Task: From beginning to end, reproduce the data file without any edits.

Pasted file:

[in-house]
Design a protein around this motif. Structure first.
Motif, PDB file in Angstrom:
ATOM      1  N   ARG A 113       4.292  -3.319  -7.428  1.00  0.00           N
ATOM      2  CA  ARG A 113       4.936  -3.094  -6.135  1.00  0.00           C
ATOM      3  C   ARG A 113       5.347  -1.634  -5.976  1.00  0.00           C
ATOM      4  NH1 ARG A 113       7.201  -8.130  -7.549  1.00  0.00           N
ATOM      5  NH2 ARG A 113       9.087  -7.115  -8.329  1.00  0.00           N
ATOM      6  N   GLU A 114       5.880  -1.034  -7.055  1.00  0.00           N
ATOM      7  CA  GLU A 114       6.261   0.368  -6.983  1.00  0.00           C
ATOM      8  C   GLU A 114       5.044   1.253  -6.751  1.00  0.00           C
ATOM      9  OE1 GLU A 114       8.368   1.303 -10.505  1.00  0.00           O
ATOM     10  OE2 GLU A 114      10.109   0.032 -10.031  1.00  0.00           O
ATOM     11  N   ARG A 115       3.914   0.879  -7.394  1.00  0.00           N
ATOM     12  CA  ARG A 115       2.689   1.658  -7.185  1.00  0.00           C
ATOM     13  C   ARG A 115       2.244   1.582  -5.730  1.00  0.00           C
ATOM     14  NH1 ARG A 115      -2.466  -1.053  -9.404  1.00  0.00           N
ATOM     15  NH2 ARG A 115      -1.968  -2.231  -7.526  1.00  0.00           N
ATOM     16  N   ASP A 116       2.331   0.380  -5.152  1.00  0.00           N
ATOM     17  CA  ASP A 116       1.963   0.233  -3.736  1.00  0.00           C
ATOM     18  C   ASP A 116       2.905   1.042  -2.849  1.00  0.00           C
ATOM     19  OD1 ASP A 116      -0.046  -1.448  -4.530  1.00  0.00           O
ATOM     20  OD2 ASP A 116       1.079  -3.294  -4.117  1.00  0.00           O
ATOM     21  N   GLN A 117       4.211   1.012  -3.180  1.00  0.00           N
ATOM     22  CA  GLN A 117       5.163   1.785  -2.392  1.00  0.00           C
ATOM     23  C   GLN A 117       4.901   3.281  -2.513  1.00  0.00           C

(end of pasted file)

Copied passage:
[in-house]
Design a protein around this motif. Structure first.
Motif, PDB file in Angstrom:
ATOM      1  N   ARG A 113       4.292  -3.319  -7.428  1.00  0.00           N
ATOM      2  CA  ARG A 113       4.936  -3.094  -6.135  1.00  0.00           C
ATOM      3  C   ARG A 113       5.347  -1.634  -5.976  1.00  0.00           C
ATOM      4  NH1 ARG A 113       7.201  -8.130  -7.549  1.00  0.00           N
ATOM      5  NH2 ARG A 113       9.087  -7.115  -8.329  1.00  0.00           N
ATOM      6  N   GLU A 114       5.880  -1.034  -7.055  1.00  0.00           N
ATOM      7  CA  GLU A 114       6.261   0.368  -6.983  1.00  0.00           C
ATOM      8  C   GLU A 114       5.044   1.253  -6.751  1.00  0.00           C
ATOM      9  OE1 GLU A 114       8.368   1.303 -10.505  1.00  0.00           O
ATOM     10  OE2 GLU A 114      10.109   0.032 -10.031  1.00  0.00           O
ATOM     11  N   ARG A 115       3.914   0.879  -7.394  1.00  0.00           N
ATOM     12  CA  ARG A 115       2.689   1.658  -7.185  1.00  0.00           C
ATOM     13  C   ARG A 115       2.244   1.582  -5.730  1.00  0.00           C
ATOM     14  NH1 ARG A 115      -2.466  -1.053  -9.404  1.00  0.00           N
ATOM     15  NH2 ARG A 115      -1.968  -2.231  -7.526  1.00  0.00           N
ATOM     16  N   ASP A 116       2.331   0.380  -5.152  1.00  0.00           N
ATOM     17  CA  ASP A 116       1.963   0.233  -3.736  1.00  0.00           C
ATOM     18  C   ASP A 116       2.905   1.042  -2.849  1.00  0.00           C
ATOM     19  OD1 ASP A 116      -0.046  -1.448  -4.530  1.00  0.00           O
ATOM     20  OD2 ASP A 116       1.079  -3.294  -4.117  1.00  0.00           O
ATOM     21  N   GLN A 117       4.211   1.012  -3.180  1.00  0.00           N
ATOM     22  CA  GLN A 117       5.163   1.785  -2.392  1.00  0.00           C
ATOM     23  C   GLN A 117       4.901   3.281  -2.513  1.00  0.00           C